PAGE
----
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70sstyle


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154 | Clothes byTHREAD Athens Underground


“Seeing ’70s trends while walking around campus is like getting a blast from the past, from a time where people did and wore what seemed to be whatever they wanted.” KATIE O’LEARY

Illustration By RACHEL KEAVENY

By OLIVIA OHLIN Photos by LEVI FINLEY

The fashion of the ’70s evolved from the ’60s era of hippies, Twiggy, free love, Woodstock and government protests. Millions of teens donned bell-bottoms, tie-dye tees and peasant blouses on an everyday basis. Today, these trends and styles are re-emerging 40 years after their debut. According to an article from thebeautyinsiders.com, “Vintage fashion styles have always been a great source of inspiration for fashion designers. This is because vintage styles have always exuded style as well as glamour.” This vintage inspiration is spreading to clothing stores everywhere and now can be seen on students throughout campus. “Seeing ’70s trends while walking around campus is like getting a blast from the past, from a time where people did and wore what seemed to be whatever they wanted,” said Katie O’Leary, a sophomore studying advertising. The ’70s have been associated with an era of anything goes when it comes to fashion styles, along with an overall emphasis on individual expression throughout the decade. Activism in feminism, civil rights and Vietnam protests all contributed to people’s free-spirited and rebellious attitudes and were reflected through fashion. High-waisted, wide-legged trousers, hot pants, revealing crop tops and high-necked frilly tops were all among popular trends. The main styles that are being recreated on the runway are seen around Athens and in college student budget-friendly clothing stores such as The Other Place, H&M and For-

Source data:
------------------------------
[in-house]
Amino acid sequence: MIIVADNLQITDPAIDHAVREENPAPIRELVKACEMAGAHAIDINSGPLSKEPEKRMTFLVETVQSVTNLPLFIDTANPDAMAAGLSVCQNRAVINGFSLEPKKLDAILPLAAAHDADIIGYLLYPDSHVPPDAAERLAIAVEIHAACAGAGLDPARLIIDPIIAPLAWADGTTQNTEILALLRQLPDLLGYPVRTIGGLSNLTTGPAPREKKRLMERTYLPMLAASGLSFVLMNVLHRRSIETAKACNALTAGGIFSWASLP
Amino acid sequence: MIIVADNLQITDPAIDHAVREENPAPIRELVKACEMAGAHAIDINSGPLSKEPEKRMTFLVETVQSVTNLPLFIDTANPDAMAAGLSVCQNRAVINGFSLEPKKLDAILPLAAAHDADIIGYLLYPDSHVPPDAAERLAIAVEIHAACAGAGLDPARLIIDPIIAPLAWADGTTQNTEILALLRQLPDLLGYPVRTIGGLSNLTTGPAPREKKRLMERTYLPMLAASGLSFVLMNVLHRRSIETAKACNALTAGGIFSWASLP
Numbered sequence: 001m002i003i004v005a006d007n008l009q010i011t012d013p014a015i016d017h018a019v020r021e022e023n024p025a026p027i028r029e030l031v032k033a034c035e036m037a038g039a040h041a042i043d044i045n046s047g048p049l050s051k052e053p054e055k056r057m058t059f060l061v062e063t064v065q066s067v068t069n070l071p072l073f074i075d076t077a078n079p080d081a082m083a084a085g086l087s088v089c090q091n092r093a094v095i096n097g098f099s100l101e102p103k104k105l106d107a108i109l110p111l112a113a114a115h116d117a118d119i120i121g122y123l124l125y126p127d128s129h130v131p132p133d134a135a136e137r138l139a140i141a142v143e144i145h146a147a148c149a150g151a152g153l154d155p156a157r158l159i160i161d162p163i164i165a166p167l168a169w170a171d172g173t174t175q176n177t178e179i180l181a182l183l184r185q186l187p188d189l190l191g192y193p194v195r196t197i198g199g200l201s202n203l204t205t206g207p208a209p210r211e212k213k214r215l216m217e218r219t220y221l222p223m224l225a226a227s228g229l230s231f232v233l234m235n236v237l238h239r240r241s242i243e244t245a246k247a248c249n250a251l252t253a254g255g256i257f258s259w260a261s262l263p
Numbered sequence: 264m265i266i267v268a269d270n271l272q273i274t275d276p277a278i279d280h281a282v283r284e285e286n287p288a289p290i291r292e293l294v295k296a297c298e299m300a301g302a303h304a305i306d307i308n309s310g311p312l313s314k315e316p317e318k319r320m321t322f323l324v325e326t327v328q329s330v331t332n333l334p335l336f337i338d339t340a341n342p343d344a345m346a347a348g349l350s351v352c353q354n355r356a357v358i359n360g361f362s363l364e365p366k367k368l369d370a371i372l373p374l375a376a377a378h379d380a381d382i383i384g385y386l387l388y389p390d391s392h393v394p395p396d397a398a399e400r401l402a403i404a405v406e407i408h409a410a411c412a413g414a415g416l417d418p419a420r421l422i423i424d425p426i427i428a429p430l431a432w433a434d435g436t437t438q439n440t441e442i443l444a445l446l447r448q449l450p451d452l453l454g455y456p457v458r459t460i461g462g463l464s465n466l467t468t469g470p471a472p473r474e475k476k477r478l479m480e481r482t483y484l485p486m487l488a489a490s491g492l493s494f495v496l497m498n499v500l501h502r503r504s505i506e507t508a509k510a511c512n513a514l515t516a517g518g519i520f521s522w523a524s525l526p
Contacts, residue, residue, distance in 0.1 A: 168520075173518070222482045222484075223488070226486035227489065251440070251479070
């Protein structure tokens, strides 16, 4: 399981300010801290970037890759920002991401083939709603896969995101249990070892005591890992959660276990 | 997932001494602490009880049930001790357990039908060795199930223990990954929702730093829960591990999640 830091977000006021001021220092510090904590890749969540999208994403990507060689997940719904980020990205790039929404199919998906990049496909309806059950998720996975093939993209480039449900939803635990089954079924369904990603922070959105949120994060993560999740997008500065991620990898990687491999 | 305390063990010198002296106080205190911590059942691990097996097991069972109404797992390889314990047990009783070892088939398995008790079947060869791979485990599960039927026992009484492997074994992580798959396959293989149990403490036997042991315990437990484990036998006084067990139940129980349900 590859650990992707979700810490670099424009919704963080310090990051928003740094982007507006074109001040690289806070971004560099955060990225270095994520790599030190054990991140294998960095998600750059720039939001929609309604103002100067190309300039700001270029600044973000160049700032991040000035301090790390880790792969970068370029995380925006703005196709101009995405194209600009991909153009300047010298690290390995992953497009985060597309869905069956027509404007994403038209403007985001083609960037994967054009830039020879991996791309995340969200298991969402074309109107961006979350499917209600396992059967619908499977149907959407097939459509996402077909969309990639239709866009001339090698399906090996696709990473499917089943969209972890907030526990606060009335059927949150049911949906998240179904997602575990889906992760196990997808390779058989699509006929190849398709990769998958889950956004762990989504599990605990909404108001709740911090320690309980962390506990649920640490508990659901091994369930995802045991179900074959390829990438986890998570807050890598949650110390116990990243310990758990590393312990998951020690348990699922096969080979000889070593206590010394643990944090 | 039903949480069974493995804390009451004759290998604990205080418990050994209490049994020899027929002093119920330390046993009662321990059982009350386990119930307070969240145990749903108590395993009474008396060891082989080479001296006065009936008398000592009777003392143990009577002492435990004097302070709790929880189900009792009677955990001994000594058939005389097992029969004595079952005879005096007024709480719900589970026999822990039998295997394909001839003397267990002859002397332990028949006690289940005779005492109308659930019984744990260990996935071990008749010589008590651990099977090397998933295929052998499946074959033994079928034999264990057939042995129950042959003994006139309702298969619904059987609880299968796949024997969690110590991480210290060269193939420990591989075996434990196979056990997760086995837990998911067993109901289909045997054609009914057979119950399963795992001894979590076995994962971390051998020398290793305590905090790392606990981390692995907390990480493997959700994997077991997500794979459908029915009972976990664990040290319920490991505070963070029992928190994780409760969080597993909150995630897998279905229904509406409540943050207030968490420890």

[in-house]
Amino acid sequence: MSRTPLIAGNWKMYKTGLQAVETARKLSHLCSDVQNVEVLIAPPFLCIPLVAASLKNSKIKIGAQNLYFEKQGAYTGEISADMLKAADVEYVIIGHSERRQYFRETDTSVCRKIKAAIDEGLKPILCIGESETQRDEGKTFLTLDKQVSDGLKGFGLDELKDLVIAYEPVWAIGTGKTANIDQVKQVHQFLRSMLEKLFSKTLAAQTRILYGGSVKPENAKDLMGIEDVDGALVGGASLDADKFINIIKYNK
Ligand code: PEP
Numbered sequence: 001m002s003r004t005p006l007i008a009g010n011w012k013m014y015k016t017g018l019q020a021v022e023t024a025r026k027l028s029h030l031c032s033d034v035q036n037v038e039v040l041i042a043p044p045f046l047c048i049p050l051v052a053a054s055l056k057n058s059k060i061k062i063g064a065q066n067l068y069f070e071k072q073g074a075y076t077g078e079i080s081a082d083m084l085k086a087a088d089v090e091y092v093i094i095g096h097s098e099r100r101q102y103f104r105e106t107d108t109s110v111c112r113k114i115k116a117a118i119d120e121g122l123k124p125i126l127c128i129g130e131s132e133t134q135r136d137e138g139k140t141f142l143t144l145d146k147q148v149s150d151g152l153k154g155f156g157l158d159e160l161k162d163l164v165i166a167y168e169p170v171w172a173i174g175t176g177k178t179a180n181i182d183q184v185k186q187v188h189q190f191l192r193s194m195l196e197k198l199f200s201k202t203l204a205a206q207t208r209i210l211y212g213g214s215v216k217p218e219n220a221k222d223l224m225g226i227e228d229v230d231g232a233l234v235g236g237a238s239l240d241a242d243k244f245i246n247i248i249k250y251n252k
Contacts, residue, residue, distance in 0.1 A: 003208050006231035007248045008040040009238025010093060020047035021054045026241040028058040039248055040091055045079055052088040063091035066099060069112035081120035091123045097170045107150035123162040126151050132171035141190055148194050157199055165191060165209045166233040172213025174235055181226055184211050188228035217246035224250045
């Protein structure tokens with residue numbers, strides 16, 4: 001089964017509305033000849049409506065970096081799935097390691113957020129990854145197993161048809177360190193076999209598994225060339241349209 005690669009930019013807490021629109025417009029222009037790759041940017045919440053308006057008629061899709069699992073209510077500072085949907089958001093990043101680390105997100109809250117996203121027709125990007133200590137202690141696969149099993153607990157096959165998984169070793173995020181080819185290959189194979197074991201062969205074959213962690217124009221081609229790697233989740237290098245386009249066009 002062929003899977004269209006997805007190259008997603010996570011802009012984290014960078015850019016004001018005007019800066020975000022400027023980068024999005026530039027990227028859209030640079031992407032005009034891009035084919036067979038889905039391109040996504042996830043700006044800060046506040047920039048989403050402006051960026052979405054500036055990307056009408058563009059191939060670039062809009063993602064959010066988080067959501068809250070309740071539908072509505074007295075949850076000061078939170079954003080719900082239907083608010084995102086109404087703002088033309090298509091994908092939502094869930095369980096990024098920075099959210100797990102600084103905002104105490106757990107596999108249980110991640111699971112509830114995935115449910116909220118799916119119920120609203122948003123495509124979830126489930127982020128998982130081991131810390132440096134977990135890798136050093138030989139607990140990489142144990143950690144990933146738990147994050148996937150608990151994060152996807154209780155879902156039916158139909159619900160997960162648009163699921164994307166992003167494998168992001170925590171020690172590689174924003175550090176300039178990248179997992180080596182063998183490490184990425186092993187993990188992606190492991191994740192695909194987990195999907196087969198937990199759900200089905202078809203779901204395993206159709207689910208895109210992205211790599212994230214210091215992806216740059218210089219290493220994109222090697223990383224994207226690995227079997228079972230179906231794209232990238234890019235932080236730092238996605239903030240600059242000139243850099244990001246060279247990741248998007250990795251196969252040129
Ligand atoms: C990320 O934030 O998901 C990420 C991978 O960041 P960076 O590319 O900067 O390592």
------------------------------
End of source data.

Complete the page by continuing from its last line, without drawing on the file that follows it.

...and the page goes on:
ever 21. Crop tops, hot pants and a floppy sun hat are ideal for day wear. Beat the heat with a Farrah Fawcett look by wearing short, highwaisted denim shorts paired with a floral patterned or striped cropped shirt. Top it off with a floppy sunhat to protect yourself from the rays while you’re on the streets for fests on the weekends or reading for class outside during the week. This spring, designers such as Marc Jacobs, Derek Lam, Fendi, Etro and Salvatore Ferragamo all pulled inspiration from the ’70s and have made an effort to resurface formerly popular trends and apply them to modernday fashions. “I’ve always liked the ’70s, so I’m glad they’re coming back,” said Maddie Valley, a sophomore studying studio art. “For example, I love floppy hats, and if I had any money I’d buy myself one.” Marc Jacobs’ spring line showcases bright colors, high-waisted trousers with wide legs, tighter tops, dramatic straw hats and rompers. Rompers are a casual alternative to a sundress. Fancier than shorts but more carefree than a dress, rompers are the ideal outfit to wear while eating lunch on College Green or lounging in the Scripps Amphitheater. You don’t even have to worry about breezes whirling up your flowing sundress. Derek Lam demonstrates an androgynous look with high-waisted trousers, a turtleneck and a blazer. Etro’s current spring line features a traditional ’70s palette of mustard yellows and floral patterns. Fendi and Salvatore OUTHREADMAG.COM | 155